MODERN HEALTHCARE: Hello, Aurora. How are you?
AURORA AGUILAR: I'm well, Kadesha. How are you doing?
MODERN HEALTHCARE: Good. It is so good to have another conversation with you.
So, we are here to talk about a change in direction for Modern Healthcare. The magazine has been around, coming up on 45 years. How is the magazine changing, and what is the focus going to be?
AURORA AGUILAR: Over the past 45 years, our magazine has mostly consisted of news and trends. So, the stories that we have reported on have been more developed than what you would see online, but still pretty centered on what was going on in the industry at any given week.
It was a weekly publication. It has been for many, many decades. Just very, very beneficial to our audience, we were told. But that could sometimes be dated by the time it reached our busy readers.
So, we got some feedback. We really listened to our audience and gauged their opinions — often through surveys, polls, and other feedback that’s provided at our events and conferences and webinars. And what we heard time and time again was that leaders needed advice on how to manage their staff and their organizations, especially after the year that we just all experienced. There’s been a lot of tumult and many disrupted relationships. And opportunities to collaborate didn’t come as frequently during the early part of the pandemic because people were just scrambling to figure out how to just make sure that they were taking care of patients and that they were staying safe.
But the most innovative organizations chose to really embrace the moment and reflect, and even if it was remotely, collaborate more. So, that’s what we did. Our leadership team began meeting pretty regularly. We really banded together during this period. And with the guidance of our publisher, Fawn Lopez, we were encouraged to think big. So, she kept telling us to think of ourselves as a start-up — a 45-year-old start-up.
So, this was the editorial department’s big idea. We thought: Give people the leadership advice that we have so often been entrusted with through our contact with some of the industry’s heavy hitters.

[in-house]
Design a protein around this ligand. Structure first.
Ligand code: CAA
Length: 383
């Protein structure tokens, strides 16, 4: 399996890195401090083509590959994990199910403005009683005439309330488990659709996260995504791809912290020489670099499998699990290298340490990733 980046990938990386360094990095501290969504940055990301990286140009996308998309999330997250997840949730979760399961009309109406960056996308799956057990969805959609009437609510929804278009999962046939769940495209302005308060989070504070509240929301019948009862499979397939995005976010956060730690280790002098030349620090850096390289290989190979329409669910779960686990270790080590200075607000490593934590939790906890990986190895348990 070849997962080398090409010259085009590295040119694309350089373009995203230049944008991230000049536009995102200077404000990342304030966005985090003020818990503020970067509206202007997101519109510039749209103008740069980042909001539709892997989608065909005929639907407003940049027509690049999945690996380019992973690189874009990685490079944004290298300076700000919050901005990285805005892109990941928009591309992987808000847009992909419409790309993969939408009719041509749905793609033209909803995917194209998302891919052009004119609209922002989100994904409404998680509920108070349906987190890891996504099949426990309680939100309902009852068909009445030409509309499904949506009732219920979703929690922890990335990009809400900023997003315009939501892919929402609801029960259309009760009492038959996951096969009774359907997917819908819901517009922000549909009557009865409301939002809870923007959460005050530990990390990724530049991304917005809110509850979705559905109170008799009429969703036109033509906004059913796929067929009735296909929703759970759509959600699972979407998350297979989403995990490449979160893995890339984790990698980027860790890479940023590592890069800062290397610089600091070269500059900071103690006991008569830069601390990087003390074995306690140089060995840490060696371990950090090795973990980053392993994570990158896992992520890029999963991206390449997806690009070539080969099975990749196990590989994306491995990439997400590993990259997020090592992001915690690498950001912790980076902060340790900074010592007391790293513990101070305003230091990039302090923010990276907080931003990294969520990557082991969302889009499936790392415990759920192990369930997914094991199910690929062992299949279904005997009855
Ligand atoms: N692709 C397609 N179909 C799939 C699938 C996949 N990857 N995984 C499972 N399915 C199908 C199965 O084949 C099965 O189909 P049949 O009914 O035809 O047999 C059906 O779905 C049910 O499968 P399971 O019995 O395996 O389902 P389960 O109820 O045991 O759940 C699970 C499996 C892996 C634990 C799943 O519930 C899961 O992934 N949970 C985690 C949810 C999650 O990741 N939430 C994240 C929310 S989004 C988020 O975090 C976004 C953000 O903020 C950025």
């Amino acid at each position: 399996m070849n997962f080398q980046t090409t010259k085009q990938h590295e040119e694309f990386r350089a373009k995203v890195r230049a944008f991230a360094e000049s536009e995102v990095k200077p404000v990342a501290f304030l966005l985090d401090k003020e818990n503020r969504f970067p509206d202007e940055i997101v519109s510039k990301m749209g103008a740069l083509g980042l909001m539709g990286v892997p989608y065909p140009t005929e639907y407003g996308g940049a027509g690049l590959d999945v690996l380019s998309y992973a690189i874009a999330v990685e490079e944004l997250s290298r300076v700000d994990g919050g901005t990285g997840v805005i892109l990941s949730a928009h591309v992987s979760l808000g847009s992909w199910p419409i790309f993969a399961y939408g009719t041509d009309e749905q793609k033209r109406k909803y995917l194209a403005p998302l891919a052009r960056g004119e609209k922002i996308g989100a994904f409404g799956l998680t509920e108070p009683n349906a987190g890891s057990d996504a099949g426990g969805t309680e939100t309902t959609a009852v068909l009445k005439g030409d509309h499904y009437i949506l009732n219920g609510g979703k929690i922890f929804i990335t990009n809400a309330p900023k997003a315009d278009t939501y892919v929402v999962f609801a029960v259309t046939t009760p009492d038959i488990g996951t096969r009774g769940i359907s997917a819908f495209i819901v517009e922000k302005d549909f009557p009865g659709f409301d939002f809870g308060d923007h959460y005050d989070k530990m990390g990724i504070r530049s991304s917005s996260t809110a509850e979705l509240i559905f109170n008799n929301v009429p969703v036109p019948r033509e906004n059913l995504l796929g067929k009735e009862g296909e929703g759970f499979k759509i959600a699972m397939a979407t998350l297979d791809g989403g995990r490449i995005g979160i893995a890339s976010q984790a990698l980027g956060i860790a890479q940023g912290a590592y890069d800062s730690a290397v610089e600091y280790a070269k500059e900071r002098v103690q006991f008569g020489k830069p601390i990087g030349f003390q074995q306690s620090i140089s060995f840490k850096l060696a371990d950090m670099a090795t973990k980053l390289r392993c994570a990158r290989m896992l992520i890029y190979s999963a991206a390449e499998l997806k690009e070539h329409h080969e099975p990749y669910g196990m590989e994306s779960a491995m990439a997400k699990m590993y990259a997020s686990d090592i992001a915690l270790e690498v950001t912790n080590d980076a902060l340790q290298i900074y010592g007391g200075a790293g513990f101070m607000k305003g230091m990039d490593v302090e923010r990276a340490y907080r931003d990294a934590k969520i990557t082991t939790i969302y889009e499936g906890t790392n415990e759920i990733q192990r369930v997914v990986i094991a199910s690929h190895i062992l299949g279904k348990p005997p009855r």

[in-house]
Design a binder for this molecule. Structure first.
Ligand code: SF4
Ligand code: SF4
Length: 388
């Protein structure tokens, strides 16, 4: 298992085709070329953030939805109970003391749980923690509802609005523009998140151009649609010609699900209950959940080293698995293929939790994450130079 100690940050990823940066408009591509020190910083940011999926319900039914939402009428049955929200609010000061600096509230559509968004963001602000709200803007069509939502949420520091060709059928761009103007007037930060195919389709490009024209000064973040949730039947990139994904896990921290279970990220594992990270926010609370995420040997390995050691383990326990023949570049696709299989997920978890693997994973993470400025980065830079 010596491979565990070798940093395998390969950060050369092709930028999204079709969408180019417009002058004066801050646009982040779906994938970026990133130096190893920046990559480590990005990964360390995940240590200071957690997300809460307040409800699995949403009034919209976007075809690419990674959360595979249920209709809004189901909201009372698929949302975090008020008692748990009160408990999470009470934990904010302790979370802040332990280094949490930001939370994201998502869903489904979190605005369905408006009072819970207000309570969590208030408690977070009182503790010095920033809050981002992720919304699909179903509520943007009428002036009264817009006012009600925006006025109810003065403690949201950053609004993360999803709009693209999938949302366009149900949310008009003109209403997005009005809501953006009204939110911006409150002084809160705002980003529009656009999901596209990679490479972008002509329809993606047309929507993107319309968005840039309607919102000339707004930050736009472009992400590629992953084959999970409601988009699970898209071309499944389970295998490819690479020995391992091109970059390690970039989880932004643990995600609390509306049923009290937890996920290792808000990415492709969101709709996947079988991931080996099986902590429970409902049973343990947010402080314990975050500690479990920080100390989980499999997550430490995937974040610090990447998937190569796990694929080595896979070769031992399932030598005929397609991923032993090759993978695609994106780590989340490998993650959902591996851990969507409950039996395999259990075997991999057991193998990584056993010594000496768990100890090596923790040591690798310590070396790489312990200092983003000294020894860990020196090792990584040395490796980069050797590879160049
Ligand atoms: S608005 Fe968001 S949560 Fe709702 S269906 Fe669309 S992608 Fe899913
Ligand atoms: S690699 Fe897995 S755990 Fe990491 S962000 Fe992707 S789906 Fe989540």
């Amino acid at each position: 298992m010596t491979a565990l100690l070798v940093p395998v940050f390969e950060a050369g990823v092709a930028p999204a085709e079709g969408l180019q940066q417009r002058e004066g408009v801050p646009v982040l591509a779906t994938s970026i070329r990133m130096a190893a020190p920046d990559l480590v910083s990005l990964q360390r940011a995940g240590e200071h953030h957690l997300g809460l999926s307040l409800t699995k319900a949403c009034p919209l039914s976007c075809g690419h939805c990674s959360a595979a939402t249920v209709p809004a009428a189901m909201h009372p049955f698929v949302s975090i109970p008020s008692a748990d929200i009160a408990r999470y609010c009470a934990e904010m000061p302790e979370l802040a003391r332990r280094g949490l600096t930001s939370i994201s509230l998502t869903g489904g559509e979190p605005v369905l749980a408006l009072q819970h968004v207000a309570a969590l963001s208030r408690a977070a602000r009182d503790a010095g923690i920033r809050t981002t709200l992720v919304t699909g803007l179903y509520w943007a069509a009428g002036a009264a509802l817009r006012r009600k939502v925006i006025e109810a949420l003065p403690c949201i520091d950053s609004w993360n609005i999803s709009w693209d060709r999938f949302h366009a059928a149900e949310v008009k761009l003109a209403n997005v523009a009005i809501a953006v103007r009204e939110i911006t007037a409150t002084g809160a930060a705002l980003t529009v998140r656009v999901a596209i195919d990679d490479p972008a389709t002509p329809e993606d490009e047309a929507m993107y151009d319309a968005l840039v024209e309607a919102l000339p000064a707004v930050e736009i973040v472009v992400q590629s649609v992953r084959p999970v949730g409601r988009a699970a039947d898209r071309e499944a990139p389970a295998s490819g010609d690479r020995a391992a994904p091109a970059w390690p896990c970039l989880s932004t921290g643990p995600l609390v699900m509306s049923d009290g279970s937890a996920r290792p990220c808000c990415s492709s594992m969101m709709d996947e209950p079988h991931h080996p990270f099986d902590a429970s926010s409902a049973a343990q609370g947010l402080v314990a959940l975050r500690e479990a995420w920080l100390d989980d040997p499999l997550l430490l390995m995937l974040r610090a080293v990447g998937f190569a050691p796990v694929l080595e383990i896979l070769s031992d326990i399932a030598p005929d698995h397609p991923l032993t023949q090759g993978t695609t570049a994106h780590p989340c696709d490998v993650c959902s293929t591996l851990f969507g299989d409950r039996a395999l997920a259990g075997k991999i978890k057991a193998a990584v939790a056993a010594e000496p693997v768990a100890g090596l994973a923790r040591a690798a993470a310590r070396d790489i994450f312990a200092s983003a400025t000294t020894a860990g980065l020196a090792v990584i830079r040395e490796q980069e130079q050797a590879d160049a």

For those last 45 years, we’ve really been able to gain credibility as far as knowing the industry really well and being able to relay the situations that are happening at companies throughout the country, fairly and balanced. For example, some of the most popular content last year came from interviews and strategy sessions with veterans like Michael Dowling, who offered advice on how to come out stronger during the pandemic. He was someone that you spoke with, and that did really well.
So, that connection to those, kind of, established leaders that have been in different types of organizations — government, and you know, the private and the public sector — all of those people come with a lot of history. A lot of lessons to teach. Good and bad situations that have happened to them. And they really trust us because we are in the position of educating.
And so, all of the stories that we’ve written on how to strategize out of these tough times were really what engaged readers the most. We looked very closely at the data on audience behavior, and we saw that those were the ones that really just through the roof, as far as traffic. So we figured, “Let’s give them more of what they’re asking for.” And I think — and I hope everybody that has gotten a chance to look at it so far — sees new content in a very beautifully redesigned magazine.
MODERN HEALTHCARE: Awesome. That is exciting. And that’s a huge change. That's like a huge shift in focus.